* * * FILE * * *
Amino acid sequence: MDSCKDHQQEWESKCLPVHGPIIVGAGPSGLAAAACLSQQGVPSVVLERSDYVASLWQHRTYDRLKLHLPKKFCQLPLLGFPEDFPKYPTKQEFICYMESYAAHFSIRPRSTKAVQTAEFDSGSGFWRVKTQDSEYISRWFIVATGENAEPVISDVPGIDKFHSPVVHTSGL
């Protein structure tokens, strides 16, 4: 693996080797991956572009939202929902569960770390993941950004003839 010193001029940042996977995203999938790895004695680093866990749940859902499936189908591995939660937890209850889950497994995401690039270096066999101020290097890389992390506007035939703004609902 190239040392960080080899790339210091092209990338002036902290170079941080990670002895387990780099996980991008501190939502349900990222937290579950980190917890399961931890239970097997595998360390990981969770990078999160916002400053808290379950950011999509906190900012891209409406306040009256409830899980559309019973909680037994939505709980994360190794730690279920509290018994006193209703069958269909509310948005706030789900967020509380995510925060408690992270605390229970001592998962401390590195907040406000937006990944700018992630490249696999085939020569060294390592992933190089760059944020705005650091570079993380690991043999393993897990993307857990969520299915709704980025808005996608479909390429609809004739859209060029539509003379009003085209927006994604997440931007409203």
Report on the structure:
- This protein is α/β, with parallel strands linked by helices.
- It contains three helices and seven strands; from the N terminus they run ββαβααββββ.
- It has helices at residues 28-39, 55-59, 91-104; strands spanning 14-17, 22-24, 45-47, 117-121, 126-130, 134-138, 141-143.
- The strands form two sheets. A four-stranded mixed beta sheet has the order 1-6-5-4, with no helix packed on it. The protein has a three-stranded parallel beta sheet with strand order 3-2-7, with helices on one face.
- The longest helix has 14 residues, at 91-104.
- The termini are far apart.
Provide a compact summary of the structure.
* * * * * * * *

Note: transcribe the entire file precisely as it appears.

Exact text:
Amino acid sequence: MDSCKDHQQEWESKCLPVHGPIIVGAGPSGLAAAACLSQQGVPSVVLERSDYVASLWQHRTYDRLKLHLPKKFCQLPLLGFPEDFPKYPTKQEFICYMESYAAHFSIRPRSTKAVQTAEFDSGSGFWRVKTQDSEYISRWFIVATGENAEPVISDVPGIDKFHSPVVHTSGL
């Protein structure tokens, strides 16, 4: 693996080797991956572009939202929902569960770390993941950004003839 010193001029940042996977995203999938790895004695680093866990749940859902499936189908591995939660937890209850889950497994995401690039270096066999101020290097890389992390506007035939703004609902 190239040392960080080899790339210091092209990338002036902290170079941080990670002895387990780099996980991008501190939502349900990222937290579950980190917890399961931890239970097997595998360390990981969770990078999160916002400053808290379950950011999509906190900012891209409406306040009256409830899980559309019973909680037994939505709980994360190794730690279920509290018994006193209703069958269909509310948005706030789900967020509380995510925060408690992270605390229970001592998962401390590195907040406000937006990944700018992630490249696999085939020569060294390592992933190089760059944020705005650091570079993380690991043999393993897990993307857990969520299915709704980025808005996608479909390429609809004739859209060029539509003379009003085209927006994604997440931007409203």
Report on the structure:
- This protein is α/β, with parallel strands linked by helices.
- It contains three helices and seven strands; from the N terminus they run ββαβααββββ.
- It has helices at residues 28-39, 55-59, 91-104; strands spanning 14-17, 22-24, 45-47, 117-121, 126-130, 134-138, 141-143.
- The strands form two sheets. A four-stranded mixed beta sheet has the order 1-6-5-4, with no helix packed on it. The protein has a three-stranded parallel beta sheet with strand order 3-2-7, with helices on one face.
- The longest helix has 14 residues, at 91-104.
- The termini are far apart.
Provide a compact summary of the structure.